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Date:   Thu, 30 May 2019 12:15:43 -0400
From:   Kris Van Hees <kris.van.hees@...cle.com>
To:     Alexei Starovoitov <alexei.starovoitov@...il.com>
Cc:     Kris Van Hees <kris.van.hees@...cle.com>, netdev@...r.kernel.org,
        bpf@...r.kernel.org, dtrace-devel@....oracle.com,
        linux-kernel@...r.kernel.org, rostedt@...dmis.org,
        mhiramat@...nel.org, acme@...nel.org, ast@...nel.org,
        daniel@...earbox.net, peterz@...radead.org
Subject: Re: [RFC PATCH 00/11] bpf, trace, dtrace: DTrace BPF program type
 implementation and sample use

On Thu, May 23, 2019 at 01:28:44PM -0700, Alexei Starovoitov wrote:
> On Thu, May 23, 2019 at 01:16:08AM -0400, Kris Van Hees wrote:
> > On Wed, May 22, 2019 at 01:16:25PM -0700, Alexei Starovoitov wrote:
> > > On Wed, May 22, 2019 at 12:12:53AM -0400, Kris Van Hees wrote:
> > > > 
> > > > Could you elaborate on why you believe my patches are not adding generic
> > > > features?  I can certainly agree that the DTrace-specific portions are less
> > > > generic (although they are certainly available for anyone to use), but I
> > > > don't quite understand why the new features are deemed non-generic and why
> > > > you believe no one else can use this?
> > > 
> > > And once again your statement above contradicts your own patches.
> > > The patch 2 adds new prog type BPF_PROG_TYPE_DTRACE and the rest of the patches
> > > are tying everything to it.
> > > This approach contradicts bpf philosophy of being generic execution engine
> > > and not favoriting one program type vs another.
> > 
> > I am not sure I understand where you see a contradiction.  What I posted is
> > a generic feature, and sample code that demonstrates how it can be used based
> > on the use-case that I am currently working on.  So yes, the sample code is
> > very specific but it does not restrict the use of the cross-prog-type tail-call
> > feature.  That feature is designed to be generic.
> > 
> > Probes come in different types (kprobe, tracepoint, perf event, ...) and they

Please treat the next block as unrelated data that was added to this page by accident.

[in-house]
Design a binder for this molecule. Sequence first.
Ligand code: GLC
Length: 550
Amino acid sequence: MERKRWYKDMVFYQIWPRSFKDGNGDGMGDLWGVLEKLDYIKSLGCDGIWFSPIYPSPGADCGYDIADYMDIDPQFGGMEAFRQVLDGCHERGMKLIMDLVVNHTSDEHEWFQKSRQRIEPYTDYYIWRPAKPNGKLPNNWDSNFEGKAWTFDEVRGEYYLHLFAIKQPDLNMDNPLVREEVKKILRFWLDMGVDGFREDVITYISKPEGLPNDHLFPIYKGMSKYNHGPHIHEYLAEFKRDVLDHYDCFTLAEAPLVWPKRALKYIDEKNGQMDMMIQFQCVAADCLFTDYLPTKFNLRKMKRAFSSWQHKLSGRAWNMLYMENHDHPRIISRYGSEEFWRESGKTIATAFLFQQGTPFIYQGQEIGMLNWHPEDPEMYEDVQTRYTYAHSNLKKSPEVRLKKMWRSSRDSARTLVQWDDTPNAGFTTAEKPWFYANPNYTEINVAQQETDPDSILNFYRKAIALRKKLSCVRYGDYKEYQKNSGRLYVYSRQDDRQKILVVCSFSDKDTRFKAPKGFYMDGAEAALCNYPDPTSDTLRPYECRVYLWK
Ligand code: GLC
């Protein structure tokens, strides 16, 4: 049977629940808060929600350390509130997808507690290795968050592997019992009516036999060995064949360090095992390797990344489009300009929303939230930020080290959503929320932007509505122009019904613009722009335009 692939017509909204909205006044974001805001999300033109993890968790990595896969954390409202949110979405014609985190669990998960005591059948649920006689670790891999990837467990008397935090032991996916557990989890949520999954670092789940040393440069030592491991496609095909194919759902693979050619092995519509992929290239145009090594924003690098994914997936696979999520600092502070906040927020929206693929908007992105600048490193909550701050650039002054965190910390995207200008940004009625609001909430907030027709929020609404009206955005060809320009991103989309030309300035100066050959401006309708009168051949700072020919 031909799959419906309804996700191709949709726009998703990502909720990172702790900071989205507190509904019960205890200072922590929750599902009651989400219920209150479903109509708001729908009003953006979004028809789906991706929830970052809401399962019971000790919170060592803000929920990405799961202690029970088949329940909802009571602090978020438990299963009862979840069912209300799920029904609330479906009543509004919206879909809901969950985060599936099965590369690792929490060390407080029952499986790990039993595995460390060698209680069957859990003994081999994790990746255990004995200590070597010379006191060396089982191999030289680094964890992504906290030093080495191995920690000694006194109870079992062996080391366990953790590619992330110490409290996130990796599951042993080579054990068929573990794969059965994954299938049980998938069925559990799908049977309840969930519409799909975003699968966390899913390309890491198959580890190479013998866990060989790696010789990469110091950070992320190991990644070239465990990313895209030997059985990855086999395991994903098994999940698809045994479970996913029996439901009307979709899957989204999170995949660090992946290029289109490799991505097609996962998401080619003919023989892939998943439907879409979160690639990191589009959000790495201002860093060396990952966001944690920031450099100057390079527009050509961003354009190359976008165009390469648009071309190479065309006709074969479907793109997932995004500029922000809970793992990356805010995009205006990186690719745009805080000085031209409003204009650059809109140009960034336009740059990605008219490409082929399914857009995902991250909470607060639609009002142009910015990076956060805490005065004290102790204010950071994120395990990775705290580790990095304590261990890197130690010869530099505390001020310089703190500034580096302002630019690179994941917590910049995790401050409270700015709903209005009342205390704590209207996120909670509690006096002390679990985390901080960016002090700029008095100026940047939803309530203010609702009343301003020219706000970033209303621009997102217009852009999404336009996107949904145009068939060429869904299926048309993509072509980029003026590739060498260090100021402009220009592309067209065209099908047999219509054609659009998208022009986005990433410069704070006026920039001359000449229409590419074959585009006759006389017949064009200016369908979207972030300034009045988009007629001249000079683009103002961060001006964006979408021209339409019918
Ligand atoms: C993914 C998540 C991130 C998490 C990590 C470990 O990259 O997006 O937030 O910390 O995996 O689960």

> > each have their own very specific data associated with them.  I agree 100%
> > with you on that.  And sometimes tracing makes use of those specifics.  But
> > even from looking at the implementation of the various probe related prog
> > types (and e.g. the list of helpers they each support) it shows that there is
> > a lot of commonality as well.  That common functionality is common to all the
> > probe program types, and that is where I suggest introducing a program type
> > that captures the common concept of a probe, so perhaps a better name would
> > be BPF_PROG_TYPE_PROBE.
> > 
> > The principle remains the same though...  I am proposing adding support for
> > program types that provide common functionality so that programs for various
> > program types can make use of the more generic programs stored in prog arrays.
> 
> Except that prog array is indirect call based and got awfully slow due
> to retpoline and we're trying to redesign the whole tail_call approach.
> So more extensions to tail_call facility is the opposite of that direction.

OK, I see the point of retpoline having slowed down tail_call.  Do you have
any suggestions in how to accomplish the concept that I am proposing in a
different way?  I believe that the discussion that has been going on in other
emails has shown that while introducing a program type that provides a
generic (abstracted) context is a different approach from what has been done
so far, it is a new use case that provides for additional ways in which BPF
can be used.

> > > I have nothing against dtrace language and dtrace scripts.
> > > Go ahead and compile them into bpf.
> > > All patches to improve bpf infrastructure are very welcomed.
> > > 
> > > In particular you brought up a good point that there is a use case
> > > for sharing a piece of bpf program between kprobe and tracepoint events.
> > > The better way to do that is via bpf2bpf call.
> > > Example:
> > > void bpf_subprog(arbitrary args)
> > > {
> > > }
> > > 
> > > SEC("kprobe/__set_task_comm")
> > > int bpf_prog_kprobe(struct pt_regs *ctx)
> > > {
> > >   bpf_subprog(...);
> > > }
> > > 
> > > SEC("tracepoint/sched/sched_switch")